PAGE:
Keys to extract value from the data analytics life cycle

There is a tremendous opportunity to obtain insights from all activities that make up the analytics life cycle. Value is not limited to the end results produced from data analyses. In financial services, regulatory mandates driving transparency and financial objectives requiring accurate understanding of customer needs have heightened the importance of data analytics to unprecedented levels.

The role of data analytics in business
Across industries, the applied use of data to inform business decisions has become a foundational, if not critical, element of business. In financial services, capital itself is effectively deployed to banking activities — from lending to product and service design, through the optimization provided by institutionalized data analytics. Mathematical models that forecast customer profitability, segmentation models that simulate credit losses driving regulatory capital, scorecards that assist in credit originations, models that simulate balance sheet impacts resulting from risk factor changes, and scenario-based models that project potential impacts from broader operational or environmental risks are now commonplace. More and more, predictive analytics that take forms such as key performance indicators and key risk indicators have become the norm.

Certain global institutions are pioneering applications of analytics to automate the cognitive processing of text-based audit reports while increasing consistency over human capacity. Others are exploring causal relationships between the risk event, audit and indicator data to reveal predictive insights. Analytics can be a formidable, competitive advantage in any function, whether used to reveal insights into revenue generation, day-to-day operations or risk management. Leading institutions are using data analytics at the enterprise level to increase effectiveness of decision-making, which can yield significant financial returns.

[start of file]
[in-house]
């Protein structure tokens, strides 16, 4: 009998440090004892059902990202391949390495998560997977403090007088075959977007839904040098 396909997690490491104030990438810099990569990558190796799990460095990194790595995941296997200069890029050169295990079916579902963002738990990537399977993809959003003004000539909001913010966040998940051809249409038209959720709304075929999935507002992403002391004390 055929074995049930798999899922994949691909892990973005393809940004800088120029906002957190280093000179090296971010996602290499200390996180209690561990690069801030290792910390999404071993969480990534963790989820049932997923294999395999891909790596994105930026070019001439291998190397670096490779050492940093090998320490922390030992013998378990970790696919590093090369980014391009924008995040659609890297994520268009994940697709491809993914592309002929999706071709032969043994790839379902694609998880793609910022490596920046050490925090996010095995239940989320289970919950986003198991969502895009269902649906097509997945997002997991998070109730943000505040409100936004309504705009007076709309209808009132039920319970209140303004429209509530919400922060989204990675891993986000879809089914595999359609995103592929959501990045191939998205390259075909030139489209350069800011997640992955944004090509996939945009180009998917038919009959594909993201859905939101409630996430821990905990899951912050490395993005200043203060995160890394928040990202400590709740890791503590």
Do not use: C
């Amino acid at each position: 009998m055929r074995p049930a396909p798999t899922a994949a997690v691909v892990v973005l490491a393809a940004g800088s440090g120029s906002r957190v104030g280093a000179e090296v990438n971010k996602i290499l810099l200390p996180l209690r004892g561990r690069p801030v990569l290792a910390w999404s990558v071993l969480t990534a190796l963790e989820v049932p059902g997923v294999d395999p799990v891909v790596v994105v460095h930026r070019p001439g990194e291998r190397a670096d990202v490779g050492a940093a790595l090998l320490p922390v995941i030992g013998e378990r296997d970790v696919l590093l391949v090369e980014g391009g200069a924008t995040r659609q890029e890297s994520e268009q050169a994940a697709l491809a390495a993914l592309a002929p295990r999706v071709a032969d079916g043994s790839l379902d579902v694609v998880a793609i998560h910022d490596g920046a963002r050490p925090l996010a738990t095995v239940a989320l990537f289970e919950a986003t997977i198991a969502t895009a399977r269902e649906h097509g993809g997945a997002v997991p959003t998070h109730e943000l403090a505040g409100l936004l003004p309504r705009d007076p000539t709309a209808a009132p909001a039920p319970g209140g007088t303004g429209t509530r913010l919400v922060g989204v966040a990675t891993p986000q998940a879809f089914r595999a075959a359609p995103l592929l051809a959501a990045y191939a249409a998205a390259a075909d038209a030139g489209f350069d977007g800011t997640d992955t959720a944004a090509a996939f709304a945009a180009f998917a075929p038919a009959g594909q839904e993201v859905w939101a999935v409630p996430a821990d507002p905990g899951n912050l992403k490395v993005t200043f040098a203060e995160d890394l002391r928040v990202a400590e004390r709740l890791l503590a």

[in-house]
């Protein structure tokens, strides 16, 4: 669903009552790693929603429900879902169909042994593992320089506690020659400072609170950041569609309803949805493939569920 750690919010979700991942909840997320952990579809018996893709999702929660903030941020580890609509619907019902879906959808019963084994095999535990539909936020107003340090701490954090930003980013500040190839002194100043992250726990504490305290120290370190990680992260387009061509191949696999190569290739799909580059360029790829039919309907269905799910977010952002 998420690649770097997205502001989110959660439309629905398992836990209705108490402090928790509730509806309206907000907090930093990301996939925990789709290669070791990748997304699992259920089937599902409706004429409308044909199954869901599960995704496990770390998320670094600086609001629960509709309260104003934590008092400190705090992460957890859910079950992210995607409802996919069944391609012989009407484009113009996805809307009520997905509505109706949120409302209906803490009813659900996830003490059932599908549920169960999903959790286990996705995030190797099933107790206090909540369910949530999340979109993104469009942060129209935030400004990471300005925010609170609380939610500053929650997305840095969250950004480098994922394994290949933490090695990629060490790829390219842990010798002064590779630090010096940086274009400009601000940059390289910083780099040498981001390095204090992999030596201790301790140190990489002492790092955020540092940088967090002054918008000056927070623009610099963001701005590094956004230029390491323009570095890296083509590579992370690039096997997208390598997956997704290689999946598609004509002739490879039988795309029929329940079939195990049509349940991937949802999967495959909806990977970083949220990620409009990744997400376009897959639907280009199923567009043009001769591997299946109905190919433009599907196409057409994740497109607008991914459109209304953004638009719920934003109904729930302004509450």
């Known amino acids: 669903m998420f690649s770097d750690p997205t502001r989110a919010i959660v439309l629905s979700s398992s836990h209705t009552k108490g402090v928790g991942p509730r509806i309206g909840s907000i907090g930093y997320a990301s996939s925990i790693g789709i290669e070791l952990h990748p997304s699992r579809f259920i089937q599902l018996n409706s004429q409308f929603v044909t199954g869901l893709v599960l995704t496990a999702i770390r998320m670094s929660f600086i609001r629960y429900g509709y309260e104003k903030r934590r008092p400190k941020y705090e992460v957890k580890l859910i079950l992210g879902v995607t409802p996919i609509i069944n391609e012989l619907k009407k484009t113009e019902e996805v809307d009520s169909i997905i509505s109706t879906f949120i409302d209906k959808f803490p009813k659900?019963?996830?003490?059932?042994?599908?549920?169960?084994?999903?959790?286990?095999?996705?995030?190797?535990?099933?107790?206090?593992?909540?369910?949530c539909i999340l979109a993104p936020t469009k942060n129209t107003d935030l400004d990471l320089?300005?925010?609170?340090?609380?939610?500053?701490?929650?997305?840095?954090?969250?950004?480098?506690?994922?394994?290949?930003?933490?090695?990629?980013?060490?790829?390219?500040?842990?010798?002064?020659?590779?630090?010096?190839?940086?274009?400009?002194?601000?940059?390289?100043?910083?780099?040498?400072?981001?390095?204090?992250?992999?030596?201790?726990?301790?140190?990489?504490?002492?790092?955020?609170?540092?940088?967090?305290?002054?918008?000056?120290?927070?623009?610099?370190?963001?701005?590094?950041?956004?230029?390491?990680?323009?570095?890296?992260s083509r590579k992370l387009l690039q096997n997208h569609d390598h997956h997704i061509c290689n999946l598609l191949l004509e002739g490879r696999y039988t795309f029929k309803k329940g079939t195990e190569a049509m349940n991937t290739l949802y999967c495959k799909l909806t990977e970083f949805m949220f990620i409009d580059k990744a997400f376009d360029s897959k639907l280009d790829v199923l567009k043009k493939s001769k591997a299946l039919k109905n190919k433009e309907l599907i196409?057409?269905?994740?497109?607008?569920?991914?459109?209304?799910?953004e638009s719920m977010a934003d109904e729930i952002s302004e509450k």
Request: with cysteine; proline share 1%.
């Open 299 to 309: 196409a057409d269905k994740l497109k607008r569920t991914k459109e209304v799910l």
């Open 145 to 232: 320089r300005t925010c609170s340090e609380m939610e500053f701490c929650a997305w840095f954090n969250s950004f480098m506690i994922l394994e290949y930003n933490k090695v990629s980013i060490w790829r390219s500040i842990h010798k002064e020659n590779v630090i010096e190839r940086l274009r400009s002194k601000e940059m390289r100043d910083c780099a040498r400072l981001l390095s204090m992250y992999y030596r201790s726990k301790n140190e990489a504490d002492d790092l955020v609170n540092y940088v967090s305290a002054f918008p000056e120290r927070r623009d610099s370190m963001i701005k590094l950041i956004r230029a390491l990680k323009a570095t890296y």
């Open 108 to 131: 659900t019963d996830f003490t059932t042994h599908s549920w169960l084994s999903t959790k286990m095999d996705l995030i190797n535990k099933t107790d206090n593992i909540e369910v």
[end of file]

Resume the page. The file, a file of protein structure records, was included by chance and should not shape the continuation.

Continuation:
Systematic data analyses and modeling processes can provide valuable insights as resulting outcomes, and the value of analytical expertise — along with an experienced-practitioner intuition — in supporting business decisions, and managing the inherent data and methodological limitations.
Download the PDF for the full article; read about performing data analyses; structuring the problem; selecting data, analytics and algorithms; typical analytic methods; and interpreting and implementing the results.

Support your future with a risk management infrastructure
Increasingly, real-time data will need to be integrated across organizational functions — e.g., linking audit, risk and finance — to optimize decision-making and risk management. Watch the video for more information.